Microsoft Flashcards


Here is what Microsoft's Education Labs says about Flashcards:
Flashcardsis a Silverlight web application where you can create, share, and study online flashcards. Find a deck in the community, or create your own. Decks can have up to 300 cards, and each card can have any combination of text, image, and sound on the front and the back. Start with Review mode if you don't know the content at all. Otherwise, skip ahead to Study or Type It In modes. Study mode is based on the honor system, and Type It In checks the correct answer with what you typed in. Want a challenge? Try swapping fronts and backs then studying again.

Flashcards provides a unique experience for each learner. We keep track of how long it's been since you've seen each card, and whether or not you knew it. Then we use our memory optimization algorithm to determine which card to show you next. You'll see the cards in a different order than your friend, since the order is optimized for you. And it's all stored on the server, so if you start studying from another computer, you'll pick up where you left off. Want to learn more about how the algorithm works? Read our whitepaper (on the right).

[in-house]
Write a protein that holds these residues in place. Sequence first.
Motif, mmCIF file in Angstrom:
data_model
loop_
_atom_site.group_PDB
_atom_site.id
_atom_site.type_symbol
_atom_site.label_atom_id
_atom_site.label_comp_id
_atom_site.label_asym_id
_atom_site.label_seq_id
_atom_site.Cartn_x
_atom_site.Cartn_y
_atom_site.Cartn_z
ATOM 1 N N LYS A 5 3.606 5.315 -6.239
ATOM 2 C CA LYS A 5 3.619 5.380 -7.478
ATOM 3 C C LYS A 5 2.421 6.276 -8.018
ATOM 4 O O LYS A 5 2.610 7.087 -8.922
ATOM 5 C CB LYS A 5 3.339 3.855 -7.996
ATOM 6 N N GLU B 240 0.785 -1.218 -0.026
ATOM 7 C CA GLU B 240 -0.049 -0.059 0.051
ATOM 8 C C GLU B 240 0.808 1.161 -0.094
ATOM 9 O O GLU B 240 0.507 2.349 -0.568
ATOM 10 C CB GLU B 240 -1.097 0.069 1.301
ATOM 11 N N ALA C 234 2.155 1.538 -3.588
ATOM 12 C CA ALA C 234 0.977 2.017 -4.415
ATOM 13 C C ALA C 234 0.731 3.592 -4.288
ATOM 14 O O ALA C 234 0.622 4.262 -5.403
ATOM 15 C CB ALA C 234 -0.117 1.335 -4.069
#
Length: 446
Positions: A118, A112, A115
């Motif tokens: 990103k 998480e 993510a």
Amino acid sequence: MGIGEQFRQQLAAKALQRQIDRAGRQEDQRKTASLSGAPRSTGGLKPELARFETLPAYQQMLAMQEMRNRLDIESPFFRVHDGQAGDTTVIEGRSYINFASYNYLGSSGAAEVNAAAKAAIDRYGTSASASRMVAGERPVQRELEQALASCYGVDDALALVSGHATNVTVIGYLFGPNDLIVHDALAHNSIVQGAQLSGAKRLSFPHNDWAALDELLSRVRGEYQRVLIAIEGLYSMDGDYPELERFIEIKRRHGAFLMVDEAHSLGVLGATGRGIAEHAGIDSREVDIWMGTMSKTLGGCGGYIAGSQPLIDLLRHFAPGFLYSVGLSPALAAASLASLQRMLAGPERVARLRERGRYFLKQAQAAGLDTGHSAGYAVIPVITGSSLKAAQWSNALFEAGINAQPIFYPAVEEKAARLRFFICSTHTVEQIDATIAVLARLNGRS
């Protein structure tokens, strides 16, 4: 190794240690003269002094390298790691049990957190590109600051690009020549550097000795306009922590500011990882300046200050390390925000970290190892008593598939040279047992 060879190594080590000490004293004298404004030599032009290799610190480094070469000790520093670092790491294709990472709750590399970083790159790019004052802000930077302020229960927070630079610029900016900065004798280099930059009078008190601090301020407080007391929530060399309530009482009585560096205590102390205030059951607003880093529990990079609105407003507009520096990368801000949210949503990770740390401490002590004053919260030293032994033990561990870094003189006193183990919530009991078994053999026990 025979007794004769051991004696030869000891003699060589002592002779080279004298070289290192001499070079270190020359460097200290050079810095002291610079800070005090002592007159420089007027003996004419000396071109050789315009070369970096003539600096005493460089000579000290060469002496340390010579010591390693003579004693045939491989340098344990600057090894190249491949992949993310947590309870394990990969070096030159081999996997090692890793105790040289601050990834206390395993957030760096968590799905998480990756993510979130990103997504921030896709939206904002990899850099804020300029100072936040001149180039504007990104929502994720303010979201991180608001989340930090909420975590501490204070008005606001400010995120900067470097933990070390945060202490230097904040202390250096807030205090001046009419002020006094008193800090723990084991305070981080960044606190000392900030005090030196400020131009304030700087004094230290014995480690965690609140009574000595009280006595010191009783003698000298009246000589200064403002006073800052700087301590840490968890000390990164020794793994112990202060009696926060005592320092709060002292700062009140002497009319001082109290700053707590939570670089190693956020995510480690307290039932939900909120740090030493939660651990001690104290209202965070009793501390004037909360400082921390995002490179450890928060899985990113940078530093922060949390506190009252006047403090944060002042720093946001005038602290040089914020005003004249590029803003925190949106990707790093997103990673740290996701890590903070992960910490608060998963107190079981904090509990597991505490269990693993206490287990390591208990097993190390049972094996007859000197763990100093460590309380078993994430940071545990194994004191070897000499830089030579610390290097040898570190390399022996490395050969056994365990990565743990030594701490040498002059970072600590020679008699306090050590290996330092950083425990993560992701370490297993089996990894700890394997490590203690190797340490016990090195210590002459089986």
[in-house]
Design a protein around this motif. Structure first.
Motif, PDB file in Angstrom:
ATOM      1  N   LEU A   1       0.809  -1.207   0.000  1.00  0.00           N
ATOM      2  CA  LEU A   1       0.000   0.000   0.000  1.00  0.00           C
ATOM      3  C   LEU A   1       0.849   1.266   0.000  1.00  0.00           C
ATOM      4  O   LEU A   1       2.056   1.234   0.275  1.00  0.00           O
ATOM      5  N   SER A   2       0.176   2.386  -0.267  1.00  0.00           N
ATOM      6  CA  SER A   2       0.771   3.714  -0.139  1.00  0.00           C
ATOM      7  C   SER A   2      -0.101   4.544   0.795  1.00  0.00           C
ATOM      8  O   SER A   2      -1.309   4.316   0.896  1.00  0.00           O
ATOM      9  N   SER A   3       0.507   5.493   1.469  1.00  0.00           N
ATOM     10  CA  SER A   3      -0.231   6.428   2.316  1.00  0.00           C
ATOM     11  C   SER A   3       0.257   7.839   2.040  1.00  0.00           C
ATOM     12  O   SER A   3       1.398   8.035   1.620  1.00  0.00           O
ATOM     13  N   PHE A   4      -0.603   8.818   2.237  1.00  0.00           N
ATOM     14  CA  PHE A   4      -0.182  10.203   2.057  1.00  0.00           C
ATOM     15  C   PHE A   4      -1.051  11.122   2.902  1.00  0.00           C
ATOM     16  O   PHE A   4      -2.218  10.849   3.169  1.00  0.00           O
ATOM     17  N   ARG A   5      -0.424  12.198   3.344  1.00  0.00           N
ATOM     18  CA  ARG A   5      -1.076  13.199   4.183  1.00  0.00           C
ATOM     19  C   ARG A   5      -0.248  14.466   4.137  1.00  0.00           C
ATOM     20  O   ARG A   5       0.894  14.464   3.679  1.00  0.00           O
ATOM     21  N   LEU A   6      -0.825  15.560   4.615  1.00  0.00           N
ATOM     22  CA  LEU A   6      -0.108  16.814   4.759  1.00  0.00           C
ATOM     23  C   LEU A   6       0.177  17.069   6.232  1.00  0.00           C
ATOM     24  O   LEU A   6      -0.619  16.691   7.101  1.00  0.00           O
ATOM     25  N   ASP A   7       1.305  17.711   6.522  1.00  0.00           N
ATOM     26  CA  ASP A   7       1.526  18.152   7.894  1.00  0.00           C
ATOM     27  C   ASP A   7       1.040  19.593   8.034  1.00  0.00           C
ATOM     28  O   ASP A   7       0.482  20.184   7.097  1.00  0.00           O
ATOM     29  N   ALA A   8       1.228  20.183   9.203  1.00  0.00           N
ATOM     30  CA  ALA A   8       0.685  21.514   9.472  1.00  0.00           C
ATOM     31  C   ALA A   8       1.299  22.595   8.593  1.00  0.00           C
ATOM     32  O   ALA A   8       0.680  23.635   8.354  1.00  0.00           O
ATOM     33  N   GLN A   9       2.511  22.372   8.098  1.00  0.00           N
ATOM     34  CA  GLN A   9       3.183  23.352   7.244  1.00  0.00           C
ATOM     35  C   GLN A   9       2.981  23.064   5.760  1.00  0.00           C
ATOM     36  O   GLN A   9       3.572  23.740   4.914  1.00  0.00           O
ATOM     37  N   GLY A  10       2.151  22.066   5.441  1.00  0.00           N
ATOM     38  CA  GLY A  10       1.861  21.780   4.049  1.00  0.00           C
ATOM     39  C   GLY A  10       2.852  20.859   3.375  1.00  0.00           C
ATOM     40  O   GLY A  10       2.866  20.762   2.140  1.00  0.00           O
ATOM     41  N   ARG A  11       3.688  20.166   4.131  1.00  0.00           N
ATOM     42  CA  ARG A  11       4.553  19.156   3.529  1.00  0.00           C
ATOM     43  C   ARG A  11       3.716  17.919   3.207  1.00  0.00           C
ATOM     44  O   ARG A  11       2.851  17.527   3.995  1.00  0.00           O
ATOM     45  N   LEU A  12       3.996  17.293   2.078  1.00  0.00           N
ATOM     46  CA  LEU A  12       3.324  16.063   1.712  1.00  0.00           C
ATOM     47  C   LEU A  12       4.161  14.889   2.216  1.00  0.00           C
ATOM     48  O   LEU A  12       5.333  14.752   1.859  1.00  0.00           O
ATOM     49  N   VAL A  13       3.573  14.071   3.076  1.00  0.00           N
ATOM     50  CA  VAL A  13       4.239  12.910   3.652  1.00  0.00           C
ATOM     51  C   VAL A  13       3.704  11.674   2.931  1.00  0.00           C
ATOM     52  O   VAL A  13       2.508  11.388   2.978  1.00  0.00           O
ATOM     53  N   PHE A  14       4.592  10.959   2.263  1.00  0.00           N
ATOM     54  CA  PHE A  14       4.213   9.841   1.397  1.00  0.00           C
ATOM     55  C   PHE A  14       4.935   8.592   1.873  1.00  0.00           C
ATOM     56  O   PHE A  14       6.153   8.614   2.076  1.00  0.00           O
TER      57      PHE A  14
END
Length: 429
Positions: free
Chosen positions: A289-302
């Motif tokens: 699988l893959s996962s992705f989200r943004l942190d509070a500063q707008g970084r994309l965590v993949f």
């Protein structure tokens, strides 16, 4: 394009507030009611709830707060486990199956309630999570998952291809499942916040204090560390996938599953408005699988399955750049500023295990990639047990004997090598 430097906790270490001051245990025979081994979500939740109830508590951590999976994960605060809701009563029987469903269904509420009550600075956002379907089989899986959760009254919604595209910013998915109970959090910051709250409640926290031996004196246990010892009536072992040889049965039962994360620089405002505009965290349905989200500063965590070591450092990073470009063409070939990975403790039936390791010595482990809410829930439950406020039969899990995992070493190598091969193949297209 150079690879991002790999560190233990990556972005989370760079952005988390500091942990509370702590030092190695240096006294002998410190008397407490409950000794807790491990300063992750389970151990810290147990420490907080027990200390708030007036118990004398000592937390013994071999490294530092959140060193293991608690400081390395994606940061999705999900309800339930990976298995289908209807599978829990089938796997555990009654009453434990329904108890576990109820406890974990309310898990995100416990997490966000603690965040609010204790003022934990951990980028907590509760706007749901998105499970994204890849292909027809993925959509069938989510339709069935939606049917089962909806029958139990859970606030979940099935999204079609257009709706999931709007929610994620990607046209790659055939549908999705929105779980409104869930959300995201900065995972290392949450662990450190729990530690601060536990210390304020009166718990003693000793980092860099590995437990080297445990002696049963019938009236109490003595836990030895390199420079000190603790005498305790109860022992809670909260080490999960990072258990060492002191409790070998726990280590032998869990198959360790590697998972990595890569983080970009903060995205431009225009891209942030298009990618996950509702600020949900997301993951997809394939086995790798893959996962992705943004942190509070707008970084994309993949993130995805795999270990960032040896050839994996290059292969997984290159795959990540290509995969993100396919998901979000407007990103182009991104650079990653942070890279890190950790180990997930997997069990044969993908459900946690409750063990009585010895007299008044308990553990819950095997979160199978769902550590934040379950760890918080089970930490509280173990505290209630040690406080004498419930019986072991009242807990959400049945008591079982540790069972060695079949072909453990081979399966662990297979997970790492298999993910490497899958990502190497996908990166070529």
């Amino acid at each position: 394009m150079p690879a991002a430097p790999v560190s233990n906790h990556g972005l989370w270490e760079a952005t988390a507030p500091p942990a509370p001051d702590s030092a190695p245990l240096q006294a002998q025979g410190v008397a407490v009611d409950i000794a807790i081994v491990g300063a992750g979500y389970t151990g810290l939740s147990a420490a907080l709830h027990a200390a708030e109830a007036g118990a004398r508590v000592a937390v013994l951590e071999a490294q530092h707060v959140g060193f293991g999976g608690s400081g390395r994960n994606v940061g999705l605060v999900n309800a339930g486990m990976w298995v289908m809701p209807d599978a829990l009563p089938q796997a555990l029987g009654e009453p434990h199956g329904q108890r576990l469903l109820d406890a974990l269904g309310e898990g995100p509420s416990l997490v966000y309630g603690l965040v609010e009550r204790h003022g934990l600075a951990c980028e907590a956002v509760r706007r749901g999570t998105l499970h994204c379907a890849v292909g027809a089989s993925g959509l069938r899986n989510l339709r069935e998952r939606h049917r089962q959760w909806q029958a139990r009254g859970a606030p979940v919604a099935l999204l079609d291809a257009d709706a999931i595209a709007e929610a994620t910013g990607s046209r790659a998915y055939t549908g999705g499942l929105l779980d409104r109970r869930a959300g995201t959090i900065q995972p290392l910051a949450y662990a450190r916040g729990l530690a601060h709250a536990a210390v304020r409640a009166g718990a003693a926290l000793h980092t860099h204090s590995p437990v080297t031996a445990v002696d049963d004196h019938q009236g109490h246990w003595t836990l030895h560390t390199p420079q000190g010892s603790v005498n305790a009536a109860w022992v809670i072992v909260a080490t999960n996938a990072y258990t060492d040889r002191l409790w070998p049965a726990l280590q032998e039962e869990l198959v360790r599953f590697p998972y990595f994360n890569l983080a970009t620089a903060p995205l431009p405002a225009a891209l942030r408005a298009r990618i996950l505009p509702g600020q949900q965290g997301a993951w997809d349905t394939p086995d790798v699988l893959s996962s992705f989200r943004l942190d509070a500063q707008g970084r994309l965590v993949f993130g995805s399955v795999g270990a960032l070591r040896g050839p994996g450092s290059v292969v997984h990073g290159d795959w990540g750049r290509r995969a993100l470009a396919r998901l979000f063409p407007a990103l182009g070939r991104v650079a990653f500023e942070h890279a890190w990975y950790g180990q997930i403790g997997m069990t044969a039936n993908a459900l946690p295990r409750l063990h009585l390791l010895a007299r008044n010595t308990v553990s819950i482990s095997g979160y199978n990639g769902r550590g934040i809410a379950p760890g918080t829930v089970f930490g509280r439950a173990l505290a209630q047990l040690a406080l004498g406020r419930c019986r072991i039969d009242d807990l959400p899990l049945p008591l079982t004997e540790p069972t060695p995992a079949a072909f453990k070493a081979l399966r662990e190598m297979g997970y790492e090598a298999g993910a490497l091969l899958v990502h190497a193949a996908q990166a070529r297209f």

If teachers, tutors, or parents want to track a student's progress, have the student print a report of their progress in a specific study session. If you want to see how you're doing across sessions, take a look at the timeline on the bottom of the Study screen. Cards on the left side are ones you need to study, or you haven't seen yet. Cards on the right side are the ones you know best. Watch the cards move toward the right side of the timeline as you play and learn them better. Over time, cards slowly move back to the left (since we all forget things as time goes on). If it's been a long time since you've seen a card and you get it right again, it gets bumped even further, since you haven't forgotten it.